You might never have heard of Rimini Street. If you haven’t, you might be surprised to know that it isn’t actually a quaint little mountainside location in the mountains of Italy, it is, instead, a technology vendor. But Rimini Street isn’t about selling software, well not in the way readers might expect. Rimini Street is all about helping large enterprises navigate the torturous road which is enterprise software licensing. Essentially they help these large organizations escape the horrendous support contracts that the likes of Oracle and SAP coerce suggest their customers sign up to.

If that sounds like something that Oracle and SAP wouldn’t be keen on, you’d be right. Indeed, Oracle and Rimini have been battling each other in court proceedings for years – during the first quarter, Rimini Street received a litigation refund of $21.5 million from Oracle.. You see large legacy vendors work on the basis of opaqueness, knowing full well that their customers are generally unsure of exactly what they’re paying for or receiving. In this way, these vendors can lump customers with support and service contracts which are incredibly lucrative, and in doing so, spend billions on yacht races and Hawaiian islands. It’s a hard life.

Which is where Rimini Street comes in, the company delves into the murky world of licensing and support and helps deliver efficiency and better economics for their customers.

But all of that service and support stuff, and all of the “shelfware” was meant to have disappeared with cloud computing and, more specifically, SaaS. Which is why it is fascinating to hear that Rimini Street is going to be supporting Salesforce solutions. The inventor of SaaS, the technology paradigm that was forever meant to end the tyranny of horrendous licensing and stand over tactics in support contracts, needs someone to ensure their customers get honesty? Sacre bleu!

It’s not quite as simple as that – especially not given the admission by Rimini Street CEO Seth Ravin that SaaS vendors include maintenance in their licenses. What opportunity is there for a third-party layer on top of Salesforce? The plot thickens even more when one considers that Rimini Street is a long-term customer of Salesforce.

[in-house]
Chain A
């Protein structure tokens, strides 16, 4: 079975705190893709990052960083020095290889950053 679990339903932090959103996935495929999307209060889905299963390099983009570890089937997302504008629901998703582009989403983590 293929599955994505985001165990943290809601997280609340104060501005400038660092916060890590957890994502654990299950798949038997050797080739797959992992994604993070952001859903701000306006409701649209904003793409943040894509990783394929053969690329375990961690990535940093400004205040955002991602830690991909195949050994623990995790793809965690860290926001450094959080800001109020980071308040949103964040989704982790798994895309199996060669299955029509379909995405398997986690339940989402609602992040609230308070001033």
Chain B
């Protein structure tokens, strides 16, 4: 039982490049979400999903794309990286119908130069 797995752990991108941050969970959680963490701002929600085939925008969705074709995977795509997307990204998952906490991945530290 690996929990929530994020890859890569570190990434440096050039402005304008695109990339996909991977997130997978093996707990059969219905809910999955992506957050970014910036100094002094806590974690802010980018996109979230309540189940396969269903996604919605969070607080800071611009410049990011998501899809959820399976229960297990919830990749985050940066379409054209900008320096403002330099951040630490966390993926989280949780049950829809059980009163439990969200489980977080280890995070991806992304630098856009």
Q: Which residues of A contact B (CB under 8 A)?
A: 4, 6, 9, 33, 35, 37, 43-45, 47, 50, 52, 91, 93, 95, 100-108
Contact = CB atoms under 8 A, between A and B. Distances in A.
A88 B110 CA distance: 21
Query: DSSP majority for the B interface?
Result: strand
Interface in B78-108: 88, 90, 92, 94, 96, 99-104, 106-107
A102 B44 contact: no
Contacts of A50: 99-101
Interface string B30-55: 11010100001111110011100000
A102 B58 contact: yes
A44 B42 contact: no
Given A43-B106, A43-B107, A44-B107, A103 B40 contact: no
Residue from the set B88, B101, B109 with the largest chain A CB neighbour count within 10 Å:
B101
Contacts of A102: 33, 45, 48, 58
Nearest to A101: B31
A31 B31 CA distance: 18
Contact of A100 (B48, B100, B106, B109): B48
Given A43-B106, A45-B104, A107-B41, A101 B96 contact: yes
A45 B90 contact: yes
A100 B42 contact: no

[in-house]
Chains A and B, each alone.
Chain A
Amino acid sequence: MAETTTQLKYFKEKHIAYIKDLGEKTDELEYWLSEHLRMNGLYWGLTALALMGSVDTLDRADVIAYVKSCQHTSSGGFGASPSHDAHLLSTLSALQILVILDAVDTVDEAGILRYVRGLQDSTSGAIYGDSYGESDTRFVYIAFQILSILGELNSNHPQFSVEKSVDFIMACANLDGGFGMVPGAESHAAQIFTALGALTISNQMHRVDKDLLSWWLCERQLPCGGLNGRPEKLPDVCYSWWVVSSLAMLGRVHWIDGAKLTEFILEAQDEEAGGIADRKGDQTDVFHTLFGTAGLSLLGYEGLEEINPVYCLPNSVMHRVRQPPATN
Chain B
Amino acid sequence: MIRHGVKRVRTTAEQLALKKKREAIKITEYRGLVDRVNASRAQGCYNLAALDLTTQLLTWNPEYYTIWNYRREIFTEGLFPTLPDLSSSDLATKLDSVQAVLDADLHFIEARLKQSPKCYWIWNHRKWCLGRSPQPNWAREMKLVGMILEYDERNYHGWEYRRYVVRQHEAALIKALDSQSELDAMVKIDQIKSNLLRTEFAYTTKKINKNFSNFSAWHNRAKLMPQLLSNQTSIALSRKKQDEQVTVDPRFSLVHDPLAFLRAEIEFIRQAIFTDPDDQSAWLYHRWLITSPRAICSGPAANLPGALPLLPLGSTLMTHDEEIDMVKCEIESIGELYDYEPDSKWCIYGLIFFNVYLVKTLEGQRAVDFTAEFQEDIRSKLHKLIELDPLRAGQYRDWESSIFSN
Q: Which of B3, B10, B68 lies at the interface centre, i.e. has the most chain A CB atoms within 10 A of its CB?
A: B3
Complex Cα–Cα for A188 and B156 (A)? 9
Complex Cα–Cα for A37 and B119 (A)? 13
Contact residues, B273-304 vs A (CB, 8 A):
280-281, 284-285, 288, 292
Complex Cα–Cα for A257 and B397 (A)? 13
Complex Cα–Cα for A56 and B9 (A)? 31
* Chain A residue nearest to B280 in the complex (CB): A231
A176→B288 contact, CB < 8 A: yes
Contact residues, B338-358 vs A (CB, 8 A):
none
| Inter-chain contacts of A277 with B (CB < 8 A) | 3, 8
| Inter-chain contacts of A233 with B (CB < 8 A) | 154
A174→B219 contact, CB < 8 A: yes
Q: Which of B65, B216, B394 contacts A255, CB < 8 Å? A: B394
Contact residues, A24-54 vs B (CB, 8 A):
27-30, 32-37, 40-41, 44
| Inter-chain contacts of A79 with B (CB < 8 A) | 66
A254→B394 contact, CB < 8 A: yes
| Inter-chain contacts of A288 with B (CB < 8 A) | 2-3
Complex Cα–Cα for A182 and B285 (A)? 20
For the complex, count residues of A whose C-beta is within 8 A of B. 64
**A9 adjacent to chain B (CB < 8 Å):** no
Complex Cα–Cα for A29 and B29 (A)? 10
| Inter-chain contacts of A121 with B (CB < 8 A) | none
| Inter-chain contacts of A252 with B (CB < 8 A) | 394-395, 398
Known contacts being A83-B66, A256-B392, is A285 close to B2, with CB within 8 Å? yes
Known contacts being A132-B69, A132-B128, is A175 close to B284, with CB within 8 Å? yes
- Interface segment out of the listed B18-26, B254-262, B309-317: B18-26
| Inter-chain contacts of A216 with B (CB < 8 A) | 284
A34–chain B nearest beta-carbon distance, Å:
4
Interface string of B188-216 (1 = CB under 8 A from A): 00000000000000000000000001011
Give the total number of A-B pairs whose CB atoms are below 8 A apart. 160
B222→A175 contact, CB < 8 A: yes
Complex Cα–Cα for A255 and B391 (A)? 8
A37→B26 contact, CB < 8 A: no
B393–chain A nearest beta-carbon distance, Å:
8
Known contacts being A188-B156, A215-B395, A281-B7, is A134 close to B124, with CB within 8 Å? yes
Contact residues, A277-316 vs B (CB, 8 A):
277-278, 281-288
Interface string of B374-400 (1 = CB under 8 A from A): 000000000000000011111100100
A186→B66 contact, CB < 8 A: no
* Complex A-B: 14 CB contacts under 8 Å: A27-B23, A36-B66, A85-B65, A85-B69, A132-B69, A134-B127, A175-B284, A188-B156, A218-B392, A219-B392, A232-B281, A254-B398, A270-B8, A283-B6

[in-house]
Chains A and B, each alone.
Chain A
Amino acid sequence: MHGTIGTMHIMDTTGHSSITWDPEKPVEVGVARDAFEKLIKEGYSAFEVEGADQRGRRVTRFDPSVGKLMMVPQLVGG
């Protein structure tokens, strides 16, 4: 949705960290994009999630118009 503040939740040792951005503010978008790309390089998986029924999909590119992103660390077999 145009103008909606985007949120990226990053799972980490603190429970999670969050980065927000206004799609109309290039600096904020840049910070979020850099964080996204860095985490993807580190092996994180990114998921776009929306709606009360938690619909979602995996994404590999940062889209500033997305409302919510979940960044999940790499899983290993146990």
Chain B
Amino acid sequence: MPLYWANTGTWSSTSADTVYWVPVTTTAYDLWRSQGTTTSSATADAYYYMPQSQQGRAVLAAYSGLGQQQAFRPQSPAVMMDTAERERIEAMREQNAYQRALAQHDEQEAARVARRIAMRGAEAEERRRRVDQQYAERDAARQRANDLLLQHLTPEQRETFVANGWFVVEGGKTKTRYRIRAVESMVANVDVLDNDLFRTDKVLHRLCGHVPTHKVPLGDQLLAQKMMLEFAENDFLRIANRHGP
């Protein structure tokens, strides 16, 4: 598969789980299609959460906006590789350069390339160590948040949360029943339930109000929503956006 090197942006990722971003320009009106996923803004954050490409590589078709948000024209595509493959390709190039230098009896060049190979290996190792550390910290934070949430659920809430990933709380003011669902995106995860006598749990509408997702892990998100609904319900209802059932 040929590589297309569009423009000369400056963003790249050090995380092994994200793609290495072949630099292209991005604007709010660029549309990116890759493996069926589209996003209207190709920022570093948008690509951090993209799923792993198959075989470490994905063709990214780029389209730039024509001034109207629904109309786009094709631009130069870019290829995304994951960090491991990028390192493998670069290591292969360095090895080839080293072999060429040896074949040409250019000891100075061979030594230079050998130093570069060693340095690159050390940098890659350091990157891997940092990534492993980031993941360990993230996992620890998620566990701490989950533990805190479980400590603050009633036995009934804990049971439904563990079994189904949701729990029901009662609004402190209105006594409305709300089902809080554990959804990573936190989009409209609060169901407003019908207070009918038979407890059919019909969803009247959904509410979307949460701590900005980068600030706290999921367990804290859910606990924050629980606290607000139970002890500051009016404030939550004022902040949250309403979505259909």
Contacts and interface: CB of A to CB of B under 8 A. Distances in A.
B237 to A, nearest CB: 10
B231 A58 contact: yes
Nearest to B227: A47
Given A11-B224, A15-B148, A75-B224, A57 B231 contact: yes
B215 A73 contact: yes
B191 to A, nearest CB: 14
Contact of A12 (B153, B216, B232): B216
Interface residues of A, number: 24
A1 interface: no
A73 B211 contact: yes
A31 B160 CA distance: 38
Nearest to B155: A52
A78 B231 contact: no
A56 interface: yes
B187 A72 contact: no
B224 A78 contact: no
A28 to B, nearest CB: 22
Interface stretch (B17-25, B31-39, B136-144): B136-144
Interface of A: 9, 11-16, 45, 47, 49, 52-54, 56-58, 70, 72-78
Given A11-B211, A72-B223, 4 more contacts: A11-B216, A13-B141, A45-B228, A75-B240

The logic here is that, no matter how people spin it, Oracle and SAP are still deeply embedded in enterprise and Salesforce is increasingly gaining a toehold in those same enterprises. Giving customers the ability to use a single support partner across both legacy and cloud applications makes a lot of sense – being able to gain support for the breadth of an enterprises technology tools drives efficiencies. According to Rimini Street, about 40 percent of Rimini Street’s customer base runs Salesforce along with SAP or Oracle applications.

Rimini Street will, at the first instance, be offering support for both Salesforce Sales Cloud and Service Cloud. That support is designed to complement what Salesforce already offers and hence creates a premium offering for those who need more of a “white glove” approach – 24*7 support and a 15 minute guaranteed response time are all part of the offering. On top of that, and as something of an overlap with many other Salesforce partners, Rimini Street is offering managed system administrations, customization and integration for these Salesforce offerings.

Says Dan Smoot, EVP of Global Partner Sales, at Salesforce of the deal:

We are pleased to welcome Rimini Street as a new Salesforce partner, and excited to work with Rimini Street as both a substantial, long-term global Salesforce customer and now as a new support service provider in the global Salesforce services ecosystem

MyPOV

The traditional view of SaaS is that it is low-touch, easy to onboard and self-supported. The reality, however, is very different and as Salesforce rushes towards its $20 billion revenue goal, it needs to broaden its appeal to customers. In many cases, this means ensuring that customers can live within an existing support structure and systemic approach. This deal with Rimini Street is part of that proposition and this is certainly net positive for Salesforce.

As for Rimini Street, at last they’ll be partnering with a vendor that doesn’t continuously want to keep suing their asses off!

Ben Kepes

Ben Kepes is a technology evangelist, an investor, a commentator and a business adviser. Ben covers the convergence of technology, mobile, ubiquity and agility, all enabled by the Cloud. His areas of interest extend to enterprise software, software integration, financial/accounting software, platforms and infrastructure as well as articulating technology simply for everyday users.

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